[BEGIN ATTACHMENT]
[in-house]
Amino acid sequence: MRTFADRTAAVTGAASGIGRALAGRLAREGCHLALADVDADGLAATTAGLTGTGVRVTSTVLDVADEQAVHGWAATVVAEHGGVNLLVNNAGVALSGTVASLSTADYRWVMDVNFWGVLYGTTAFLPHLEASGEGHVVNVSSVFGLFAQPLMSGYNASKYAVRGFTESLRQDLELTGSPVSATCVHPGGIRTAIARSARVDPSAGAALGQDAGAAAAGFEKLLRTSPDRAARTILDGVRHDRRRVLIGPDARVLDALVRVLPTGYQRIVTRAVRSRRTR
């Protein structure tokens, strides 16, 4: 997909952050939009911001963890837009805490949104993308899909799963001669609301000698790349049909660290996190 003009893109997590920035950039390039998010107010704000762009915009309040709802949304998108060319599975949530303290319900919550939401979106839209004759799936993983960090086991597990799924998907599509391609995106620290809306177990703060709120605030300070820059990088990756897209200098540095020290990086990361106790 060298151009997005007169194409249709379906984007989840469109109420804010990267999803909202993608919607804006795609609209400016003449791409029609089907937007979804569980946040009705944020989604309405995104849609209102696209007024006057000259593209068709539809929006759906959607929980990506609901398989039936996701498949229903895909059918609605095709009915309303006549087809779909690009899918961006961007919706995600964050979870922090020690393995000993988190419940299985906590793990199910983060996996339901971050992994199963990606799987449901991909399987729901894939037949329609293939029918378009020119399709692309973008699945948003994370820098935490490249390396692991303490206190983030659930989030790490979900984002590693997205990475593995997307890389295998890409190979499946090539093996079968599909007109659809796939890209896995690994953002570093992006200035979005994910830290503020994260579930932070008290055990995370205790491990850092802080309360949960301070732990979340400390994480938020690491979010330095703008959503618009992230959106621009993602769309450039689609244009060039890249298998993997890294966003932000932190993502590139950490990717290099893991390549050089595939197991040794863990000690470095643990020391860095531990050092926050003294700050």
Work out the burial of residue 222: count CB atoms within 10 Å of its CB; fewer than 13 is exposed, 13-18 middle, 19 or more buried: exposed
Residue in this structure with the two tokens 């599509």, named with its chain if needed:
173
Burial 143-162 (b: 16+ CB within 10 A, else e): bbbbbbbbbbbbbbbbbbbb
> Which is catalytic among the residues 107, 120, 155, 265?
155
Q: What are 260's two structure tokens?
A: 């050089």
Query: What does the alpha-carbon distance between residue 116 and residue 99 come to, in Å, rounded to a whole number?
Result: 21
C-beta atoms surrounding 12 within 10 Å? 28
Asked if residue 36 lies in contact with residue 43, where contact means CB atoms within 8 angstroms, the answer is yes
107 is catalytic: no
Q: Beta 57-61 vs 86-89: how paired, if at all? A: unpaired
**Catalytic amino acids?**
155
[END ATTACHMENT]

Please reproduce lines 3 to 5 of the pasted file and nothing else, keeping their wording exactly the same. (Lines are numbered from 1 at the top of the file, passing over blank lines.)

């Protein structure tokens, strides 16, 4: 997909952050939009911001963890837009805490949104993308899909799963001669609301000698790349049909660290996190 003009893109997590920035950039390039998010107010704000762009915009309040709802949304998108060319599975949530303290319900919550939401979106839209004759799936993983960090086991597990799924998907599509391609995106620290809306177990703060709120605030300070820059990088990756897209200098540095020290990086990361106790 060298151009997005007169194409249709379906984007989840469109109420804010990267999803909202993608919607804006795609609209400016003449791409029609089907937007979804569980946040009705944020989604309405995104849609209102696209007024006057000259593209068709539809929006759906959607929980990506609901398989039936996701498949229903895909059918609605095709009915309303006549087809779909690009899918961006961007919706995600964050979870922090020690393995000993988190419940299985906590793990199910983060996996339901971050992994199963990606799987449901991909399987729901894939037949329609293939029918378009020119399709692309973008699945948003994370820098935490490249390396692991303490206190983030659930989030790490979900984002590693997205990475593995997307890389295998890409190979499946090539093996079968599909007109659809796939890209896995690994953002570093992006200035979005994910830290503020994260579930932070008290055990995370205790491990850092802080309360949960301070732990979340400390994480938020690491979010330095703008959503618009992230959106621009993602769309450039689609244009060039890249298998993997890294966003932000932190993502590139950490990717290099893991390549050089595939197991040794863990000690470095643990020391860095531990050092926050003294700050």
Work out the burial of residue 222: count CB atoms within 10 Å of its CB; fewer than 13 is exposed, 13-18 middle, 19 or more buried: exposed
Residue in this structure with the two tokens 């599509």, named with its chain if needed: